But, like most things in life - for example, driving a car - we mentally manage the risks, physically manage the risks, etc. Fortunately, with cars, the trend has been to make them safer, to postpone driving privileges, etc.
Unfortunately, for anyone with a website or a domain, recent "systemic adjudicatory design trends" indicate the bumpers are coming off.
For those concerned about safety: Call your Congressman.
| 10:05 pm on Dec 14, 2009 (gmt 0)|
|For those concerned about safety: Call your Congressman. |
What do you want me to call him? Seriously, if I called and tried to explain this to my good representative, he'd be confused and I'd be waving my arms around trying to get it straight in my head.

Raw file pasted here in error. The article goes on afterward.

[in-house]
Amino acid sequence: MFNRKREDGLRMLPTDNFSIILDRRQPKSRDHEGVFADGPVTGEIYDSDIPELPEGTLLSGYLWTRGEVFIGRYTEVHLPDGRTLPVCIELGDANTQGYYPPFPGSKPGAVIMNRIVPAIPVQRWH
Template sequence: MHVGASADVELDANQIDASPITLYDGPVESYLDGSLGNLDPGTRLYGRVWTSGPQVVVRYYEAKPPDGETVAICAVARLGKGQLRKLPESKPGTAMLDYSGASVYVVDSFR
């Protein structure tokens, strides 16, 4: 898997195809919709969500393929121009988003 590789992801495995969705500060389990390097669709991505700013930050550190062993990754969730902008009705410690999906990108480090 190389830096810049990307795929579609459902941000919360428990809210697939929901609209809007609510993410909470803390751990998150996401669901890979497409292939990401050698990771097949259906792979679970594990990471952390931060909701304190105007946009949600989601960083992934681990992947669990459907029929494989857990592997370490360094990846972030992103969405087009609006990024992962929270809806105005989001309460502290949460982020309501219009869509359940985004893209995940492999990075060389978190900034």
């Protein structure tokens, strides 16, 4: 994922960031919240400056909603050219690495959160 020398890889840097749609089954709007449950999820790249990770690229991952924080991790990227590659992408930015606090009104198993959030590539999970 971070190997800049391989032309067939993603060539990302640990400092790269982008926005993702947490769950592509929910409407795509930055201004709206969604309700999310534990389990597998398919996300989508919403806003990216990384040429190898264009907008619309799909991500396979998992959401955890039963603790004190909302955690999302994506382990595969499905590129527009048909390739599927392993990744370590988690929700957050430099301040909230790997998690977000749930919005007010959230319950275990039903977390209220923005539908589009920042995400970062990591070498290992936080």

What exactly is the message you want to spread?
| 10:13 pm on Dec 14, 2009 (gmt 0)|
Probably need to target Senators on the Commerce Committee, as I believe that it's Commerce that oversees ICANN.
Message: Maybe let the ccTLDs run their own domain ~binding (subject to lawsuit filint) arbitration processes, but keep the original "Big 3" - .Com, .Net and .Org - under adjudicatory control of arbitration agencies that both adhere to higher standards of due process, judicial comity/conventions, and general principles of law AND pull their pool of arbitrators from individuals . . with experience with and a commitment to those higher standards.